The Pipes & Drums of Lindsay at 50
Just in Time local history series
The skirl of the great highland bagpipe has the poignant potential to bring a lump to the throat of anyone — even those who do not claim Scottish ancestry. Others may rush to cover their ears whenever those drone pipes get going. Regardless of how we might feel about them, there can be no question that bagpipes are a unique part of our musical heritage.
While the Pipes & Drums of Lindsay marks its fiftieth anniversary this month, pipers and pipe bands have had a presence in this area for more than 125 years. An event organized by the Sons of Scotland in Glenarm on Sept. 5, 1895, was, naturally, graced by the sound of bagpipes. “About 2 p.m three pipers left the village for the grove,” recounted the Watchman newspaper a week later. “Mr. Lunan of Bolsover, who was beautifully dressed in Highland costume, [was joined by] Mr. Frasier and Mr. Davis, both of Kirkfield. On their arrival at the grove various selections of soul-stirring Scotch music were given, which enlivened the merry hearts of Scotland’s noble sons.”
Lunan was apparently in demand as a piper, for he continued to put in appearances at a variety of functions over the first decade of the twentieth century. In 1910, Lunan and his son were invited to play their pipes alongside a Lindsay-based brass band at a Civic Holiday parade in Fenelon Falls. “At half-past one,” the Gazette reported, “the members of the curling club lined up behind the Scotch pipers and in front of the band and marched to the park, each one armed with a broom.”
Other events at which local pipers played were not so regimented. Woodville residents, assembled for a meeting of the St. Andrew’s Society on Nov. 30, 1899, danced to the music of bagpipes and violin, while in 1908 George Sutherland, of Palestine (north of Hartley) provided pipe music at a big dance organized by John Torrey of Centre Eldon that apparently lasted well into the morning.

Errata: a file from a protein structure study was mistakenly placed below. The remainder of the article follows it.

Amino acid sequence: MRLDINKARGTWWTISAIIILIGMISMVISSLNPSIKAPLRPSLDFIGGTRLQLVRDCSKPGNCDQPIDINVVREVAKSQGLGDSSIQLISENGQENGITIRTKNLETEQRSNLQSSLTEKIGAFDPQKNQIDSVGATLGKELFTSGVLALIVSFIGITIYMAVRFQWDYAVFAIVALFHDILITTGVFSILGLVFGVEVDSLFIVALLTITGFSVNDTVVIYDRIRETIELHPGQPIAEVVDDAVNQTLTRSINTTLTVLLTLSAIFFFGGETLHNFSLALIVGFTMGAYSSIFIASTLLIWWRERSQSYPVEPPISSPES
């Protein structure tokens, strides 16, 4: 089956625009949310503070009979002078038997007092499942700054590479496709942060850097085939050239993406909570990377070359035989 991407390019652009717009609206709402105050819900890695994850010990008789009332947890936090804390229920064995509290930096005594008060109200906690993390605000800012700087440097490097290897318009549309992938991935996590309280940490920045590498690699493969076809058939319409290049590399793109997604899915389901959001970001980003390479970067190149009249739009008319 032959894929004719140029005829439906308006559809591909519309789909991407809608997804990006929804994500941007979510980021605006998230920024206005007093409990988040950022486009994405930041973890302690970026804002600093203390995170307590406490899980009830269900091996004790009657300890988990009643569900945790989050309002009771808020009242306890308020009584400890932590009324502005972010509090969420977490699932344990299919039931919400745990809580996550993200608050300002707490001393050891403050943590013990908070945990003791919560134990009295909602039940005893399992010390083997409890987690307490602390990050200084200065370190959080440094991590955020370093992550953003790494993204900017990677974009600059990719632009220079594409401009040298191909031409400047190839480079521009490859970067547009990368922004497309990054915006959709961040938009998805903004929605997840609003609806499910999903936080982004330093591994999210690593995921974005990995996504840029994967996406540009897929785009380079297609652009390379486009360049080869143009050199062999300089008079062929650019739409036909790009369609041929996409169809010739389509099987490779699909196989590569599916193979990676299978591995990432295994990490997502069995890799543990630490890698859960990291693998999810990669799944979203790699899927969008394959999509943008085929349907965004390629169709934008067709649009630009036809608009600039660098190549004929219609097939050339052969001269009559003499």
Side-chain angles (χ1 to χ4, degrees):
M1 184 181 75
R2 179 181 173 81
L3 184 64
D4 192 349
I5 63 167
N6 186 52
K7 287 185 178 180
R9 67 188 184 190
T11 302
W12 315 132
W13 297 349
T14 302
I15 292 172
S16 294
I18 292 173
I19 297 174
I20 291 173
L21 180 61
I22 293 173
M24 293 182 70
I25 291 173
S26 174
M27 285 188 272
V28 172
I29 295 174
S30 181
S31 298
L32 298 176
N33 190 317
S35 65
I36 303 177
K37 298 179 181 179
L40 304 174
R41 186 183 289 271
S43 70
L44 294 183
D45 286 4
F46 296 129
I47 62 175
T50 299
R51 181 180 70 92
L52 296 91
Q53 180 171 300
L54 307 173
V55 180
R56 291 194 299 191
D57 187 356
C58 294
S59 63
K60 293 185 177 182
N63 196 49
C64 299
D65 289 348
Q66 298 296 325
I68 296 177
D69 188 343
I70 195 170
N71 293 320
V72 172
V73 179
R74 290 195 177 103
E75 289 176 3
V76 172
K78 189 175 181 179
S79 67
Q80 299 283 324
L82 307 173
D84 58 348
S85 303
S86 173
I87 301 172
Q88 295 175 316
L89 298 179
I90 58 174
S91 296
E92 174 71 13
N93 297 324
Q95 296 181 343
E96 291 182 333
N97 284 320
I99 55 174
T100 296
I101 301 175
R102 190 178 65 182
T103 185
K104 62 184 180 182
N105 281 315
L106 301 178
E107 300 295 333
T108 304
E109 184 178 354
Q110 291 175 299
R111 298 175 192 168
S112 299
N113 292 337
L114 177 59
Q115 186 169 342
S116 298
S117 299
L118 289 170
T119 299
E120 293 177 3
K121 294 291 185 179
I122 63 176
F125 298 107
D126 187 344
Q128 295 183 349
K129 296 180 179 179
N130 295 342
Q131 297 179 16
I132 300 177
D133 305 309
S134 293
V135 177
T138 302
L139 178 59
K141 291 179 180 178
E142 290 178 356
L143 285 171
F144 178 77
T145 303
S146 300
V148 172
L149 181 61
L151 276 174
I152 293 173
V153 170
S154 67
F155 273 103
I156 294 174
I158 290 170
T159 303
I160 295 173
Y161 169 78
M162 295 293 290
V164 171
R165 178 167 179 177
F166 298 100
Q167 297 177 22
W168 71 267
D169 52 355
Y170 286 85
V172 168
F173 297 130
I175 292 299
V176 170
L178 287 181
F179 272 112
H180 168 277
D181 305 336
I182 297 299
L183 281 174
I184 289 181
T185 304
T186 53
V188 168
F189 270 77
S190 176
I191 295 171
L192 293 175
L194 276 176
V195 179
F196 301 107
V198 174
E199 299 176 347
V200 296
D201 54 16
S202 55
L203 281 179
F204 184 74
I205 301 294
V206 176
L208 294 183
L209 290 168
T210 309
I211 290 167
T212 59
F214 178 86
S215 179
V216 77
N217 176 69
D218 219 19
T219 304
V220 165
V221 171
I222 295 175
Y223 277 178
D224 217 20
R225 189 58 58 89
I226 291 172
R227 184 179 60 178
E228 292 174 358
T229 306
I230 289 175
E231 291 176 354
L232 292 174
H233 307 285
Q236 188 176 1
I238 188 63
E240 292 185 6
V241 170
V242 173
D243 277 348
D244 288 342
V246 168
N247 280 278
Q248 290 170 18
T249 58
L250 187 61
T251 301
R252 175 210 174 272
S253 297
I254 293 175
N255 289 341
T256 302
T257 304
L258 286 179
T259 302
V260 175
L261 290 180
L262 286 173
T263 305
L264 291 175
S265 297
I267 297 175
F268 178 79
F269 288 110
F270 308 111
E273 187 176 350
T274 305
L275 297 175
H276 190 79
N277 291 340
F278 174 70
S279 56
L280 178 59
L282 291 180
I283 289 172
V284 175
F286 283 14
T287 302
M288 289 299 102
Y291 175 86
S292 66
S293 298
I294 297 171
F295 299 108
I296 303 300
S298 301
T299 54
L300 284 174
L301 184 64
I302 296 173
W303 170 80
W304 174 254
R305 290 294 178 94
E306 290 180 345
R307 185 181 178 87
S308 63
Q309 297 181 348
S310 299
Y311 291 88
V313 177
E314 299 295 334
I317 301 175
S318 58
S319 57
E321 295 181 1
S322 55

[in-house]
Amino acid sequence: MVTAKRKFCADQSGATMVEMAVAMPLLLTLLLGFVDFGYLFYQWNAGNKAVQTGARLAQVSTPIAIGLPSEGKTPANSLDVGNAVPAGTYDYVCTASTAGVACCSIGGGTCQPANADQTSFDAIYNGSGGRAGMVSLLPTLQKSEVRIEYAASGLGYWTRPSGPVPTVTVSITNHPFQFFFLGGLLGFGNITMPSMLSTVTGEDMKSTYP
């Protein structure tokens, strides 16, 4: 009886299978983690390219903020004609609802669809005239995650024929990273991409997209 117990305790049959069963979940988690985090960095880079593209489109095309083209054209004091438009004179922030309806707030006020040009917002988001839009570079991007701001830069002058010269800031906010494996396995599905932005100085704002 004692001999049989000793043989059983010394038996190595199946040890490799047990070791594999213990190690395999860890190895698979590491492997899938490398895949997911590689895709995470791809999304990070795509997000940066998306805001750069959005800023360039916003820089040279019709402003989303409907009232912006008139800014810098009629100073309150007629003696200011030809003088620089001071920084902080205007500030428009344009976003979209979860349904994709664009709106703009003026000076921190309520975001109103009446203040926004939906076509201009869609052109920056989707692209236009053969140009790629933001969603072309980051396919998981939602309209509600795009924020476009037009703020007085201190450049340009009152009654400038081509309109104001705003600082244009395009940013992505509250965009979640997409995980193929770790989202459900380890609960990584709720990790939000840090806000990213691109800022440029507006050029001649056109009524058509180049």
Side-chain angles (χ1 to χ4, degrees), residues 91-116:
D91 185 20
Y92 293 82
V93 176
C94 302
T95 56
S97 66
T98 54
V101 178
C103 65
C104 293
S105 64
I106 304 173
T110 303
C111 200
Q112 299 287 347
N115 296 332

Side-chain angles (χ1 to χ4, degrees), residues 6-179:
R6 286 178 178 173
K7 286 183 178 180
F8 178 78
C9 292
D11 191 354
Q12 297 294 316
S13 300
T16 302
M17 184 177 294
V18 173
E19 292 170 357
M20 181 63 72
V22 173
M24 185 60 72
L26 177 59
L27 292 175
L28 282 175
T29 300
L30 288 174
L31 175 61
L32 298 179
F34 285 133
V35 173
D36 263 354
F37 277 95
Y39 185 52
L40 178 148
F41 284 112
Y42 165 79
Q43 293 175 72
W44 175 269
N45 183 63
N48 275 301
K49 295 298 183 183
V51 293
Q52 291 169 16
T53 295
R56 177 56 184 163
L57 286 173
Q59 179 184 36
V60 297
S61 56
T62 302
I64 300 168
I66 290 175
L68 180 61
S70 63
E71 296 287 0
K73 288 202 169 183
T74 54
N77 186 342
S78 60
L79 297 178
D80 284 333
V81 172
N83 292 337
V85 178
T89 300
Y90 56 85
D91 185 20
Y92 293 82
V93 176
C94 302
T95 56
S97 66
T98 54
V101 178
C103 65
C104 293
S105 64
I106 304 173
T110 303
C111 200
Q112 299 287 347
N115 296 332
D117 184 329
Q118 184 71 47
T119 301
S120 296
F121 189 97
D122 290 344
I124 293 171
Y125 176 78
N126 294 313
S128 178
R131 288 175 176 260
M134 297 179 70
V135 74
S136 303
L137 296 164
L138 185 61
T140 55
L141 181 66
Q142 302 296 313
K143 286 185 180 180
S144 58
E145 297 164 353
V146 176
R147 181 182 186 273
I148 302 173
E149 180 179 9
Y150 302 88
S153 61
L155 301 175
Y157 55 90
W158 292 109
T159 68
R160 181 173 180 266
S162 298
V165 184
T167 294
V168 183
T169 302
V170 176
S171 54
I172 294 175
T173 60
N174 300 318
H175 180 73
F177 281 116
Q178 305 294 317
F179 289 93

On occasions where a full pipe-and-drum band was required, it was typically brought in from elsewhere. In 1913, the famous 48th Highlanders band of Toronto performed in downtown Lindsay during the annual Winter Carnival. “Many were disappointed that the band did not appear in full regimentals, including the kilts,” observed a Lindsay Post reporter on February 21. “It was pretty cold weather for this outfit.”
A local band was finally formed in 1972. “At that time,” explains former pipe major John Hunter, “there were only two known pipers in Lindsay: Ian Watt and Phil Cadick.” Watt began weekly practices to teach beginners and attracted people from not only Lindsay but also Cannington, Peterborough, and Sunderland. As Hunter recalls, “they had no uniforms but were able to get some discarded blue RCAF jackets, and with a variety of kilts they went on parade.” (As the Pipes & Drums of Lindsay, the band eventually donned the ancient tartan of Clan Lindsay, which members wear to this day.) Longtime piper Reid Torrey, who joined around 1974, remembers that practices took place for several years in a former factory building adjacent to the Scugog River before moving elsewhere.
Apart from Watt and Hunter, pipe majors have included Ken Grace, Al Harding, Colin Hill and Glenn McDonald. Under their leadership, the band has performed at many Robert Burns suppers, highland games events, tattoos and parades throughout this region and across the province. Highlights have included playing at the internationally famous Cowal Gathering in Dunoon, Scotland, as well as at the Juno Beach Centre in France during its inauguration almost 20 years ago.
Longtime band members can tell tales about going on parade in all kinds of weather. Brian Gowan, who was in the band from 1978 through 2014, remembers when the band showed up in Bobcaygeon for a parade figuring that the rain would hold off. “It was just threatening rain — just a Scotch mist,” Gowan recalls. “We started off without our rain capes, and then when we reached Bolton and King Streets the skies opened up, soaking my Glengarry bonnet and causing sweat to run down my face.”
Weather woes aside, the band has long been a source of camaraderie for its members. John Bebbington began playing the bagpipes as a teenager with the Boys’ Brigade in Scotland, more than 80 years ago. He hadn’t played for decades when he heard the Pipes & Drums of Lindsay perform in Victoria Park in the late 1990s. He signed up and spent 14 years in the band. Like Gowan, Bebbington has fond recollections of travelling to Europe where they performed with massed bands in France and the Netherlands. “We enjoyed each other’s company,” he reminisces.
Shirley Park was inspired to take up the instrument after hearing a 14-year-old girl play bagpipes at a Girl Guide camp in 1961. “It was always something I wanted to do,” she says. Park and her late husband joined the band in 2000 and she admits that she once thought bagpipes were of interest only to elderly men. Today, she is one of many senior band members who play alongside a new generation of trophy-winning pipers. Whether they play competitively or for sheer enjoyment, pipers young and young-at-heart are still attracted to the Pipes & Drums of Lindsay 50 years on.